In 1973, Pastor Fitch stepped aside to accept new challenges in ministry and was succeeded by Rev. Victor Brown who had served with him as Associate Pastor since 1971. During Pastor Brown’s years at Bethel, many good things happened for the glory of God.
 
In April 1977, Rev. Jack Counsell accepted a call to assume the pulpit in Windsor. Under his direction, major renovations to the building were made, a number of properties surrounding the church were purchased, the support staff expanded, and the church name was changed to University Gospel Temple. Pastor Counsell was a strong preacher and lover of the Bible, reading it through every year. He initiated a television program on channel 62 in Detroit and a weekly radio broadcast on CKWW in Windsor called “Ask the Pastors.” The church emerged into one of the leading evangelical voices in southwestern Ontario. Growth continued rapidly with Sunday School attendance peaking at 1200, using twenty vehicles in the bus ministry. Lack of parking and a crowded church facility had forced the church into two Sunday morning services. Sunday School classes were held in every conceivable corner of the building with some being held off campus. Pastoral offices were scattered throughout the church, stifling administrative growth. The “old barn” could no longer accommodate all of the ministries throughout the week, and the pastor and board realized the need to build a new church facility that would meet the needs of the growing community of believers.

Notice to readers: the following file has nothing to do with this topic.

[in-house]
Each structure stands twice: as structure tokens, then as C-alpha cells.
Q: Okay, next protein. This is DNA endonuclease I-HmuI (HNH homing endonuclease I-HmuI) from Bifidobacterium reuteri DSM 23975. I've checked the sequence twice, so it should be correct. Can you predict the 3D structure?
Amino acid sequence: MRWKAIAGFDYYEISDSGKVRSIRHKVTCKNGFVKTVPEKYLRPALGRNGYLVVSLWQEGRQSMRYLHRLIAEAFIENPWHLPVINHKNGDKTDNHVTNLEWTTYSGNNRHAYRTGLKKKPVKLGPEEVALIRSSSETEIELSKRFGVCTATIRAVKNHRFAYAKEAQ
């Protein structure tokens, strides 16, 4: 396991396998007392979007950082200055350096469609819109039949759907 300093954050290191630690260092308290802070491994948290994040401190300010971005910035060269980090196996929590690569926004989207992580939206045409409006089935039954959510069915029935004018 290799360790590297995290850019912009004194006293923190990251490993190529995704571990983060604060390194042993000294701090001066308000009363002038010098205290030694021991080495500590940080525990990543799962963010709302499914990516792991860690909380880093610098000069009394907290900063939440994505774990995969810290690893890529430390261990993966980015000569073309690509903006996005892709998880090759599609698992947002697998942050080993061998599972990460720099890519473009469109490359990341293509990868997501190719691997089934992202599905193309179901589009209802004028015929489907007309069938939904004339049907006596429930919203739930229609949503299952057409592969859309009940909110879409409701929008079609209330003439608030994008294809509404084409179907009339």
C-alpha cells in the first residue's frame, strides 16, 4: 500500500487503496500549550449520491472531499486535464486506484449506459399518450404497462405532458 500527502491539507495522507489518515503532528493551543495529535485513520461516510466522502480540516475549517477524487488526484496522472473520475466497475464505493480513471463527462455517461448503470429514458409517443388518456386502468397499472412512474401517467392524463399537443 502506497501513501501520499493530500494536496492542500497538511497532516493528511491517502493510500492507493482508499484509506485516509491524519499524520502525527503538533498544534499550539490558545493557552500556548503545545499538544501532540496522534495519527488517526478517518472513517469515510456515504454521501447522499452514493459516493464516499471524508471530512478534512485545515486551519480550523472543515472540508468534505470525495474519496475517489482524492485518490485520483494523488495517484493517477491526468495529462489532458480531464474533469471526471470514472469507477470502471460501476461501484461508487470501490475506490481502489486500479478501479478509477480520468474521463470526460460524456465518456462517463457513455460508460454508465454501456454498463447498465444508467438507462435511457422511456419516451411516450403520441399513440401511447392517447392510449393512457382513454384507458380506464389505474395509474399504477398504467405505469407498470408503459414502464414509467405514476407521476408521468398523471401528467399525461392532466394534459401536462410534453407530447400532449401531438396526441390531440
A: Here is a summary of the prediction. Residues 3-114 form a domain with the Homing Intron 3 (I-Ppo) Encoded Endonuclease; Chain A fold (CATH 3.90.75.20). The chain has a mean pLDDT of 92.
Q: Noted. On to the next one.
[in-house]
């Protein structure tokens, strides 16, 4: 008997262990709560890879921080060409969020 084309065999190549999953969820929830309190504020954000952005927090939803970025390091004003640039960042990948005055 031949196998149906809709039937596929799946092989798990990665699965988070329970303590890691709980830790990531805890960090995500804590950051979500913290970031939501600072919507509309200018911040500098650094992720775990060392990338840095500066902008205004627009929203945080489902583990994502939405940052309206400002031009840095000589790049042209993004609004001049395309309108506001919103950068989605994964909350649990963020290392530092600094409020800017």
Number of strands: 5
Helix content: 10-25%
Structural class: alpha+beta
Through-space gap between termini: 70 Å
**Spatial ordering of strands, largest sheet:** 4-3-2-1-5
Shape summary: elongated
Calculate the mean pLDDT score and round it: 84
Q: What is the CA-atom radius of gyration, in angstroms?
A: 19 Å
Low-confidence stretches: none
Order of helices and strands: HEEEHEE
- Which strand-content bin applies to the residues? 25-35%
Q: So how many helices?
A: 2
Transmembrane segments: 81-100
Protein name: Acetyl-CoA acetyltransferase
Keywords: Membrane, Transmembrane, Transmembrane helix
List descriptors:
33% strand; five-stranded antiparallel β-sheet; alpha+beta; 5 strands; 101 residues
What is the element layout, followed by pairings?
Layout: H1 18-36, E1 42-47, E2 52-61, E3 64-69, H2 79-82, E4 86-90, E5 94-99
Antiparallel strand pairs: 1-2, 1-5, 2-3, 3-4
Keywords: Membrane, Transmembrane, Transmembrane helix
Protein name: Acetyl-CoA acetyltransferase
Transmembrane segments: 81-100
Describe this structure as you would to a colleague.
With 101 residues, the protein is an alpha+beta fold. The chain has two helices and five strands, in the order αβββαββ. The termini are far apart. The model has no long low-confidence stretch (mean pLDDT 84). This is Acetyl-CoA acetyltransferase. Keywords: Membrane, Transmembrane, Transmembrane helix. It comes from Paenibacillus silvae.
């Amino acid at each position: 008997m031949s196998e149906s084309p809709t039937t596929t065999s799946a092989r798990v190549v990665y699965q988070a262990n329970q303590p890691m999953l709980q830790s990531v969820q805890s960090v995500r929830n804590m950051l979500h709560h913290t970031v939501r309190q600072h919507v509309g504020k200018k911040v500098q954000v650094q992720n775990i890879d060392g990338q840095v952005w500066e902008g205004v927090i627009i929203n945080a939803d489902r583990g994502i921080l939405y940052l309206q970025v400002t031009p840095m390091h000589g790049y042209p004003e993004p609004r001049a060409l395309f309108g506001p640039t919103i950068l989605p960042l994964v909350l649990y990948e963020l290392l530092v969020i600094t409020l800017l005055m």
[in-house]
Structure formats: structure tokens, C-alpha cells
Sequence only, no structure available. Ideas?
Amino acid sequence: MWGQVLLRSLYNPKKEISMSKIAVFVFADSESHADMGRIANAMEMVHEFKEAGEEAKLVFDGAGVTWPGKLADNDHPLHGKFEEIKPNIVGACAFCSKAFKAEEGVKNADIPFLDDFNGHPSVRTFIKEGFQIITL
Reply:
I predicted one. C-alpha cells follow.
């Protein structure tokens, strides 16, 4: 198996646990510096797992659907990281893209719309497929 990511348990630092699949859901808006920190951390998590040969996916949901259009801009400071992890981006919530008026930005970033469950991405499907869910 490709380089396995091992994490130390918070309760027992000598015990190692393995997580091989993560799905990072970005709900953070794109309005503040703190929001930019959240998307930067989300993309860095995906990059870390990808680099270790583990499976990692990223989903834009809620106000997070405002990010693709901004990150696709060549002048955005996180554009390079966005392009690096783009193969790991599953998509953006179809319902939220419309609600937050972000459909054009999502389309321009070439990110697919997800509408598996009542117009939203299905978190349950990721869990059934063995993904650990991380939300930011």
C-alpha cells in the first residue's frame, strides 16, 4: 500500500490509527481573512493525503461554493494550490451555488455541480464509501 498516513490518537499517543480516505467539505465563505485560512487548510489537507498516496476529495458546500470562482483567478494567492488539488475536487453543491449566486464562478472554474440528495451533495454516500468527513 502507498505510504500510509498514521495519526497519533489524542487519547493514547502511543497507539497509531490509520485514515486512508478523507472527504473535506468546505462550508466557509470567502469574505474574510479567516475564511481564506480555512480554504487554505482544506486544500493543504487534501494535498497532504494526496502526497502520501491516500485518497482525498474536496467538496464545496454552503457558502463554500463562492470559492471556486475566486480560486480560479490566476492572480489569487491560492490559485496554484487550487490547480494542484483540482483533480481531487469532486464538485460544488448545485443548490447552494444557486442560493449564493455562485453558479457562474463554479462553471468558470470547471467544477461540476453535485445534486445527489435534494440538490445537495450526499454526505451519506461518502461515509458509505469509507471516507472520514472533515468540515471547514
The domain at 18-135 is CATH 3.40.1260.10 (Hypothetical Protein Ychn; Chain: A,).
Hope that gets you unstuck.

When Pastor Counsell accepted a call to St. Catherine’s in April 1985, Rev. George Carroll was elected as Senior Pastor. Pastor Carroll was a visionary, a man of faith, and a builder. Under his able leadership, the church continued to grow and new ministries were implemented, including a Spanish congregation, ministry to the deaf community and a Christian school, Temple Christian Academy, which opened in September 1985 in a vacant school on University Ave.